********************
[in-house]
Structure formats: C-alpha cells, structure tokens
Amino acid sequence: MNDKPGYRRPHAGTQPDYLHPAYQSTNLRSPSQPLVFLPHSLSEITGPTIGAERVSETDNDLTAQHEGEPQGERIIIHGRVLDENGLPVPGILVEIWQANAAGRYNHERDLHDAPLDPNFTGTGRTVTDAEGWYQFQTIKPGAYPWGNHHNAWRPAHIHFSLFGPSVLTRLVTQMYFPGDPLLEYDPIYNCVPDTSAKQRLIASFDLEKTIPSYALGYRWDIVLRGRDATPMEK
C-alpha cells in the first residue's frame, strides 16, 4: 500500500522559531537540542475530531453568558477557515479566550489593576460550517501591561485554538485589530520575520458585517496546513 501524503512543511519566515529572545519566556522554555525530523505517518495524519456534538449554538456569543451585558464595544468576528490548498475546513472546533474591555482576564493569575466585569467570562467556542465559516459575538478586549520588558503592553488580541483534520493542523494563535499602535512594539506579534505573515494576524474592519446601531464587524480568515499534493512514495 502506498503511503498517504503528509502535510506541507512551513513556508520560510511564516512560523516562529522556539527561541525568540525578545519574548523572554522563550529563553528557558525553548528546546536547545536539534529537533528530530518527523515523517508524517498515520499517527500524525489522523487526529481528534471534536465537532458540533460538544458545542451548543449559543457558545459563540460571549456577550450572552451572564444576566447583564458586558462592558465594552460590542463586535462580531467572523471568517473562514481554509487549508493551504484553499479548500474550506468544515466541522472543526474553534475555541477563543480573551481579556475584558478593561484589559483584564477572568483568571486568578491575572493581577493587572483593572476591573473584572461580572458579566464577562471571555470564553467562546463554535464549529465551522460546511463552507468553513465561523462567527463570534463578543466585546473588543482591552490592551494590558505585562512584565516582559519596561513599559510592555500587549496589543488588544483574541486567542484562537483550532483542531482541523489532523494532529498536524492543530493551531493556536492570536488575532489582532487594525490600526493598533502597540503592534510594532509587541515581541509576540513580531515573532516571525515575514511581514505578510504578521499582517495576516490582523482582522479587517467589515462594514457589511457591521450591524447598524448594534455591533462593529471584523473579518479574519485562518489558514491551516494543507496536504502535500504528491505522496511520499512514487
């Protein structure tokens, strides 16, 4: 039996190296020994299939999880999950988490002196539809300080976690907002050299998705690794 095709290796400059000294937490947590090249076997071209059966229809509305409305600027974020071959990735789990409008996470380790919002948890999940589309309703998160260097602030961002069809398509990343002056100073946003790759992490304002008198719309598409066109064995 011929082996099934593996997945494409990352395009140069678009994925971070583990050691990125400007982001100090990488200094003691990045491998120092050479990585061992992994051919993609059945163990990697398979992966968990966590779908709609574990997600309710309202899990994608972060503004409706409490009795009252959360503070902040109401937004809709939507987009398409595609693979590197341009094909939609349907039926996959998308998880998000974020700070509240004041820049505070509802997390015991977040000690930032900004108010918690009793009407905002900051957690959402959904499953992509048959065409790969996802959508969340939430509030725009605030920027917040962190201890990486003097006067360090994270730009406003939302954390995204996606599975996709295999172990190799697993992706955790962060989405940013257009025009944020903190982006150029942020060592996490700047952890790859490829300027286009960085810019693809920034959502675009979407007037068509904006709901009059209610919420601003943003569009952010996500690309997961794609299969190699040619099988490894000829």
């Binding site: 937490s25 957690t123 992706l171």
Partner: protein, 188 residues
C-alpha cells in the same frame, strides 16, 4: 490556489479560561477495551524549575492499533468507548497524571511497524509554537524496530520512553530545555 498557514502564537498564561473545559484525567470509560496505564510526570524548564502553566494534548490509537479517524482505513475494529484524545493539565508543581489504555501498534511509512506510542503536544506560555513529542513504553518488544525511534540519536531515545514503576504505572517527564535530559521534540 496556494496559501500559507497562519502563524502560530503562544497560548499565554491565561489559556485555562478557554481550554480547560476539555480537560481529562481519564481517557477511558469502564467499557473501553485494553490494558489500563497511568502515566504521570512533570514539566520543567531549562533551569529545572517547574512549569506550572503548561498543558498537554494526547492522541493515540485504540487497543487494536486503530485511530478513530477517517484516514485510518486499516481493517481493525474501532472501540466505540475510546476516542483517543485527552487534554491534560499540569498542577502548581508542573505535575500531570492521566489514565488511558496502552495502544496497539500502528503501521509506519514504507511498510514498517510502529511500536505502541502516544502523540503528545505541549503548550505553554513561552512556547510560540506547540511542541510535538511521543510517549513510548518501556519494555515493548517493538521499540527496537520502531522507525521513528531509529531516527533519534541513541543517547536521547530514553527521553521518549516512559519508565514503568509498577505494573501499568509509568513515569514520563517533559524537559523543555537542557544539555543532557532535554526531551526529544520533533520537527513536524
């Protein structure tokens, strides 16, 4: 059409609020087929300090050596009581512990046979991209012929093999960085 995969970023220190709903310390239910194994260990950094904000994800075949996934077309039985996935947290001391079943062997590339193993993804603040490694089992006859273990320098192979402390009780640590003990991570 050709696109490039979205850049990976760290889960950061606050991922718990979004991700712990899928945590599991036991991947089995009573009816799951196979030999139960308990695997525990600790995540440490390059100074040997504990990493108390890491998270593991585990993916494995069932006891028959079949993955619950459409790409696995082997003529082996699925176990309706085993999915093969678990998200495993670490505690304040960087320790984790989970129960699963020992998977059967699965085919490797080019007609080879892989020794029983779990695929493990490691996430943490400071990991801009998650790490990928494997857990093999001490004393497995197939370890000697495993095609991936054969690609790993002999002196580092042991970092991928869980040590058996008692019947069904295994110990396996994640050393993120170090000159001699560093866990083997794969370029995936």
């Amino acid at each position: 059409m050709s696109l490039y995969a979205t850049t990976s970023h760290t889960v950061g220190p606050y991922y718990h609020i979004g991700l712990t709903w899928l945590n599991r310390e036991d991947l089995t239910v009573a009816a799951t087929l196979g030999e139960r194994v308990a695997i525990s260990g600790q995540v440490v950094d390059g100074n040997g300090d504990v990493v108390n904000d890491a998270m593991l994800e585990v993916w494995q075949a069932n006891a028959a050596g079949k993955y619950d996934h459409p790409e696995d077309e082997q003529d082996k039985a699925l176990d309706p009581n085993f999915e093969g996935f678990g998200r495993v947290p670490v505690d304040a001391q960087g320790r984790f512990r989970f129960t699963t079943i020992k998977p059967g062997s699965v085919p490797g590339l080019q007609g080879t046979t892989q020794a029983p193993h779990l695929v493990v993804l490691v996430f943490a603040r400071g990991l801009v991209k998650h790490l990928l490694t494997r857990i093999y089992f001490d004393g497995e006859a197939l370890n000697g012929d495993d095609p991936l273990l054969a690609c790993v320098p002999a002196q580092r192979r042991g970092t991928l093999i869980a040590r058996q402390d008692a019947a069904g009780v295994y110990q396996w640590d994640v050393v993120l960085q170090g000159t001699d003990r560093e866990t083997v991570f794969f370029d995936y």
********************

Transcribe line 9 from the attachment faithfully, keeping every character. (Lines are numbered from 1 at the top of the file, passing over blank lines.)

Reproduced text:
């Protein structure tokens, strides 16, 4: 059409609020087929300090050596009581512990046979991209012929093999960085 995969970023220190709903310390239910194994260990950094904000994800075949996934077309039985996935947290001391079943062997590339193993993804603040490694089992006859273990320098192979402390009780640590003990991570 050709696109490039979205850049990976760290889960950061606050991922718990979004991700712990899928945590599991036991991947089995009573009816799951196979030999139960308990695997525990600790995540440490390059100074040997504990990493108390890491998270593991585990993916494995069932006891028959079949993955619950459409790409696995082997003529082996699925176990309706085993999915093969678990998200495993670490505690304040960087320790984790989970129960699963020992998977059967699965085919490797080019007609080879892989020794029983779990695929493990490691996430943490400071990991801009998650790490990928494997857990093999001490004393497995197939370890000697495993095609991936054969690609790993002999002196580092042991970092991928869980040590058996008692019947069904295994110990396996994640050393993120170090000159001699560093866990083997794969370029995936």